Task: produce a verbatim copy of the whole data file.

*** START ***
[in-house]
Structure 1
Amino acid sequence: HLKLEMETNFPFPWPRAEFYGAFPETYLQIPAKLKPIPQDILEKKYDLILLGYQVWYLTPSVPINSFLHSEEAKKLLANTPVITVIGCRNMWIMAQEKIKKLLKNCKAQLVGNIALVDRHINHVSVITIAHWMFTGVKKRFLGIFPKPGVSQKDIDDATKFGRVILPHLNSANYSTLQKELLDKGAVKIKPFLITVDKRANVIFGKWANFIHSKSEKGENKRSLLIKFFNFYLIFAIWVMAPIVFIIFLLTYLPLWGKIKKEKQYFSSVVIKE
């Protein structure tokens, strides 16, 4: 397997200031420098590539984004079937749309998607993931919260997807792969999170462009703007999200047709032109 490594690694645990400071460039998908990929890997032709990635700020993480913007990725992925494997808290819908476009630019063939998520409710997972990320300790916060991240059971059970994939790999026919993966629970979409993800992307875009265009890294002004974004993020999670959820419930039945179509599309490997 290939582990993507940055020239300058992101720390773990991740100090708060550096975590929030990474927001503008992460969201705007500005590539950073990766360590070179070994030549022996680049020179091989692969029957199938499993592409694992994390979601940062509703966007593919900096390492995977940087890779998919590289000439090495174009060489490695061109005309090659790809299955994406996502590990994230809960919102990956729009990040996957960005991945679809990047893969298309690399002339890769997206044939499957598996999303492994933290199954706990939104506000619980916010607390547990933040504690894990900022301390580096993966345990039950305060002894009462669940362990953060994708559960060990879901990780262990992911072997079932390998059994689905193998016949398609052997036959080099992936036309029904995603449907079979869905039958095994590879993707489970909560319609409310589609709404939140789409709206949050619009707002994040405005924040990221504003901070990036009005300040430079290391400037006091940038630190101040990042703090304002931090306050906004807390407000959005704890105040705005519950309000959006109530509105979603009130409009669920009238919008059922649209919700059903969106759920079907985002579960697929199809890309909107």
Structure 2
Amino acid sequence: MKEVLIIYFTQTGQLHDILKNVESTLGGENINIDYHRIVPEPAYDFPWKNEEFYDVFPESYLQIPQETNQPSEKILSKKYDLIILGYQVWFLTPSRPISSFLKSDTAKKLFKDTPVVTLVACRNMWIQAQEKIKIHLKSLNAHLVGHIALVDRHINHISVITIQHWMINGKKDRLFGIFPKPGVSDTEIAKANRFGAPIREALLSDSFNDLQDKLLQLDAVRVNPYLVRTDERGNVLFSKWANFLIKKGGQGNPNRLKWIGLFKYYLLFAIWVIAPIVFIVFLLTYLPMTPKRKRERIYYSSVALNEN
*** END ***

[in-house]
Structure 1
Amino acid sequence: HLKLEMETNFPFPWPRAEFYGAFPETYLQIPAKLKPIPQDILEKKYDLILLGYQVWYLTPSVPINSFLHSEEAKKLLANTPVITVIGCRNMWIMAQEKIKKLLKNCKAQLVGNIALVDRHINHVSVITIAHWMFTGVKKRFLGIFPKPGVSQKDIDDATKFGRVILPHLNSANYSTLQKELLDKGAVKIKPFLITVDKRANVIFGKWANFIHSKSEKGENKRSLLIKFFNFYLIFAIWVMAPIVFIIFLLTYLPLWGKIKKEKQYFSSVVIKE
């Protein structure tokens, strides 16, 4: 397997200031420098590539984004079937749309998607993931919260997807792969999170462009703007999200047709032109 490594690694645990400071460039998908990929890997032709990635700020993480913007990725992925494997808290819908476009630019063939998520409710997972990320300790916060991240059971059970994939790999026919993966629970979409993800992307875009265009890294002004974004993020999670959820419930039945179509599309490997 290939582990993507940055020239300058992101720390773990991740100090708060550096975590929030990474927001503008992460969201705007500005590539950073990766360590070179070994030549022996680049020179091989692969029957199938499993592409694992994390979601940062509703966007593919900096390492995977940087890779998919590289000439090495174009060489490695061109005309090659790809299955994406996502590990994230809960919102990956729009990040996957960005991945679809990047893969298309690399002339890769997206044939499957598996999303492994933290199954706990939104506000619980916010607390547990933040504690894990900022301390580096993966345990039950305060002894009462669940362990953060994708559960060990879901990780262990992911072997079932390998059994689905193998016949398609052997036959080099992936036309029904995603449907079979869905039958095994590879993707489970909560319609409310589609709404939140789409709206949050619009707002994040405005924040990221504003901070990036009005300040430079290391400037006091940038630190101040990042703090304002931090306050906004807390407000959005704890105040705005519950309000959006109530509105979603009130409009669920009238919008059922649209919700059903969106759920079907985002579960697929199809890309909107």
Structure 2
Amino acid sequence: MKEVLIIYFTQTGQLHDILKNVESTLGGENINIDYHRIVPEPAYDFPWKNEEFYDVFPESYLQIPQETNQPSEKILSKKYDLIILGYQVWFLTPSRPISSFLKSDTAKKLFKDTPVVTLVACRNMWIQAQEKIKIHLKSLNAHLVGHIALVDRHINHISVITIQHWMINGKKDRLFGIFPKPGVSDTEIAKANRFGAPIREALLSDSFNDLQDKLLQLDAVRVNPYLVRTDERGNVLFSKWANFLIKKGGQGNPNRLKWIGLFKYYLLFAIWVIAPIVFIVFLLTYLPMTPKRKRERIYYSSVALNEN